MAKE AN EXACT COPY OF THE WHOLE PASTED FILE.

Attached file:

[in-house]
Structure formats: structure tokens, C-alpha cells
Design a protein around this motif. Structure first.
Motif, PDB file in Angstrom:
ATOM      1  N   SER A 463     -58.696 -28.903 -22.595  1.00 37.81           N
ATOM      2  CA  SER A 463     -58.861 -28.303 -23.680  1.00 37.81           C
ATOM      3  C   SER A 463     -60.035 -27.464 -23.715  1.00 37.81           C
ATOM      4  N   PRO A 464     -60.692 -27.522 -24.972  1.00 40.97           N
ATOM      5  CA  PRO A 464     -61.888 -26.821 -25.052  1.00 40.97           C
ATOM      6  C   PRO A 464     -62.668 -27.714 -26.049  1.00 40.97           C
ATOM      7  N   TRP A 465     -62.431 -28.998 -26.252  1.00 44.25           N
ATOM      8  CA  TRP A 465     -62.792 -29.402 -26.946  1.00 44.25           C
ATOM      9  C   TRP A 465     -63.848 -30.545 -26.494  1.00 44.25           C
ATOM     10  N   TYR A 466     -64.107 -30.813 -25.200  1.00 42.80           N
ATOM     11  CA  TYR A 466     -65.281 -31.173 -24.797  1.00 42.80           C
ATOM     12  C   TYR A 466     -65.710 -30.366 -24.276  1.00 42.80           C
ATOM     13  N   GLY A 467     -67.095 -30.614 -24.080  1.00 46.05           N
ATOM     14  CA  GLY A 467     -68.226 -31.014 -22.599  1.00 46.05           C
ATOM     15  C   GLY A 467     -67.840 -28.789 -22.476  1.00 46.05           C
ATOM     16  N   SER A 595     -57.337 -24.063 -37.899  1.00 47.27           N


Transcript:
[in-house]
Structure formats: structure tokens, C-alpha cells
Design a protein around this motif. Structure first.
Motif, PDB file in Angstrom:
ATOM      1  N   SER A 463     -58.696 -28.903 -22.595  1.00 37.81           N
ATOM      2  CA  SER A 463     -58.861 -28.303 -23.680  1.00 37.81           C
ATOM      3  C   SER A 463     -60.035 -27.464 -23.715  1.00 37.81           C
ATOM      4  N   PRO A 464     -60.692 -27.522 -24.972  1.00 40.97           N
ATOM      5  CA  PRO A 464     -61.888 -26.821 -25.052  1.00 40.97           C
ATOM      6  C   PRO A 464     -62.668 -27.714 -26.049  1.00 40.97           C
ATOM      7  N   TRP A 465     -62.431 -28.998 -26.252  1.00 44.25           N
ATOM      8  CA  TRP A 465     -62.792 -29.402 -26.946  1.00 44.25           C
ATOM      9  C   TRP A 465     -63.848 -30.545 -26.494  1.00 44.25           C
ATOM     10  N   TYR A 466     -64.107 -30.813 -25.200  1.00 42.80           N
ATOM     11  CA  TYR A 466     -65.281 -31.173 -24.797  1.00 42.80           C
ATOM     12  C   TYR A 466     -65.710 -30.366 -24.276  1.00 42.80           C
ATOM     13  N   GLY A 467     -67.095 -30.614 -24.080  1.00 46.05           N
ATOM     14  CA  GLY A 467     -68.226 -31.014 -22.599  1.00 46.05           C
ATOM     15  C   GLY A 467     -67.840 -28.789 -22.476  1.00 46.05           C
ATOM     16  N   SER A 595     -57.337 -24.063 -37.899  1.00 47.27           N